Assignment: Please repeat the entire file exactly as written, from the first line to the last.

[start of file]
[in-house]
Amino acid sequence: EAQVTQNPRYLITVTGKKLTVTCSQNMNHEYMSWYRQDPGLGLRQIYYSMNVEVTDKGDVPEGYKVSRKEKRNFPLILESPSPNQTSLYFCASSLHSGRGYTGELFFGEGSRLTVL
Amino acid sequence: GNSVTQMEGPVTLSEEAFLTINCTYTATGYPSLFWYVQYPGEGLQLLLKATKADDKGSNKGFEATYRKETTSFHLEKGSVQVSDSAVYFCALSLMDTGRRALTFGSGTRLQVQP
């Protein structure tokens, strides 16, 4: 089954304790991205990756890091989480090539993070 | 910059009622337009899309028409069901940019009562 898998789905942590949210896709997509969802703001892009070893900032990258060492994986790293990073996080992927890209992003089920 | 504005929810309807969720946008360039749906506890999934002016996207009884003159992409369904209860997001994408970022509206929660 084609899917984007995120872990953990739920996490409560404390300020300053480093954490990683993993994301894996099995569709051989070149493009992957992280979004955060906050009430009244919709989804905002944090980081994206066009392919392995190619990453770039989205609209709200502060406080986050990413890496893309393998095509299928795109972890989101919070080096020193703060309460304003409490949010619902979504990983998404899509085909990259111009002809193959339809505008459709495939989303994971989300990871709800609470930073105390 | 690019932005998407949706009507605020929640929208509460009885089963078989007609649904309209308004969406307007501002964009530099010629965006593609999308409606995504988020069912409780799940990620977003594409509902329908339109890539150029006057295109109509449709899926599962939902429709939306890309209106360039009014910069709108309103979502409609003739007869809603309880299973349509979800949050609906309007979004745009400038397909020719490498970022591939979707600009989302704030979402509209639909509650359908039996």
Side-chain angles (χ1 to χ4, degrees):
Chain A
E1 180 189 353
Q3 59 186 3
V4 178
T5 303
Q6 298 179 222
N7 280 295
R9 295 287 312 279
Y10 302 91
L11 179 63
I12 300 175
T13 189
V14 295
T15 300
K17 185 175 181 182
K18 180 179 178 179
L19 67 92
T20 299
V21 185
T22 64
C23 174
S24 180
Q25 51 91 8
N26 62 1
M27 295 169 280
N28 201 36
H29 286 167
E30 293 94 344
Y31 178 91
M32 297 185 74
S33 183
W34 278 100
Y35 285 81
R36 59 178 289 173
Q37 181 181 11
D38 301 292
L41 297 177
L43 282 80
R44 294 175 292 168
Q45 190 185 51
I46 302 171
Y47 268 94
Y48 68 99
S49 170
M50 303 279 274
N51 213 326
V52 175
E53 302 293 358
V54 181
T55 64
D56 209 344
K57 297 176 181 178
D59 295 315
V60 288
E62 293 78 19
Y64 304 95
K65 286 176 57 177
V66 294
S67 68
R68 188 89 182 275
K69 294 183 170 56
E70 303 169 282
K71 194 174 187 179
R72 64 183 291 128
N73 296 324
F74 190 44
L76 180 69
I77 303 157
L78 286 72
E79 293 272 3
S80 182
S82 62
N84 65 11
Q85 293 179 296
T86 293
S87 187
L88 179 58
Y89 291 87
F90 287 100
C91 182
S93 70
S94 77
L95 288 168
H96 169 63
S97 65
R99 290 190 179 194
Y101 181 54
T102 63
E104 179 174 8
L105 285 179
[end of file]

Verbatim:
[in-house]
Amino acid sequence: EAQVTQNPRYLITVTGKKLTVTCSQNMNHEYMSWYRQDPGLGLRQIYYSMNVEVTDKGDVPEGYKVSRKEKRNFPLILESPSPNQTSLYFCASSLHSGRGYTGELFFGEGSRLTVL
Amino acid sequence: GNSVTQMEGPVTLSEEAFLTINCTYTATGYPSLFWYVQYPGEGLQLLLKATKADDKGSNKGFEATYRKETTSFHLEKGSVQVSDSAVYFCALSLMDTGRRALTFGSGTRLQVQP
């Protein structure tokens, strides 16, 4: 089954304790991205990756890091989480090539993070 | 910059009622337009899309028409069901940019009562 898998789905942590949210896709997509969802703001892009070893900032990258060492994986790293990073996080992927890209992003089920 | 504005929810309807969720946008360039749906506890999934002016996207009884003159992409369904209860997001994408970022509206929660 084609899917984007995120872990953990739920996490409560404390300020300053480093954490990683993993994301894996099995569709051989070149493009992957992280979004955060906050009430009244919709989804905002944090980081994206066009392919392995190619990453770039989205609209709200502060406080986050990413890496893309393998095509299928795109972890989101919070080096020193703060309460304003409490949010619902979504990983998404899509085909990259111009002809193959339809505008459709495939989303994971989300990871709800609470930073105390 | 690019932005998407949706009507605020929640929208509460009885089963078989007609649904309209308004969406307007501002964009530099010629965006593609999308409606995504988020069912409780799940990620977003594409509902329908339109890539150029006057295109109509449709899926599962939902429709939306890309209106360039009014910069709108309103979502409609003739007869809603309880299973349509979800949050609906309007979004745009400038397909020719490498970022591939979707600009989302704030979402509209639909509650359908039996």
Side-chain angles (χ1 to χ4, degrees):
Chain A
E1 180 189 353
Q3 59 186 3
V4 178
T5 303
Q6 298 179 222
N7 280 295
R9 295 287 312 279
Y10 302 91
L11 179 63
I12 300 175
T13 189
V14 295
T15 300
K17 185 175 181 182
K18 180 179 178 179
L19 67 92
T20 299
V21 185
T22 64
C23 174
S24 180
Q25 51 91 8
N26 62 1
M27 295 169 280
N28 201 36
H29 286 167
E30 293 94 344
Y31 178 91
M32 297 185 74
S33 183
W34 278 100
Y35 285 81
R36 59 178 289 173
Q37 181 181 11
D38 301 292
L41 297 177
L43 282 80
R44 294 175 292 168
Q45 190 185 51
I46 302 171
Y47 268 94
Y48 68 99
S49 170
M50 303 279 274
N51 213 326
V52 175
E53 302 293 358
V54 181
T55 64
D56 209 344
K57 297 176 181 178
D59 295 315
V60 288
E62 293 78 19
Y64 304 95
K65 286 176 57 177
V66 294
S67 68
R68 188 89 182 275
K69 294 183 170 56
E70 303 169 282
K71 194 174 187 179
R72 64 183 291 128
N73 296 324
F74 190 44
L76 180 69
I77 303 157
L78 286 72
E79 293 272 3
S80 182
S82 62
N84 65 11
Q85 293 179 296
T86 293
S87 187
L88 179 58
Y89 291 87
F90 287 100
C91 182
S93 70
S94 77
L95 288 168
H96 169 63
S97 65
R99 290 190 179 194
Y101 181 54
T102 63
E104 179 174 8
L105 285 179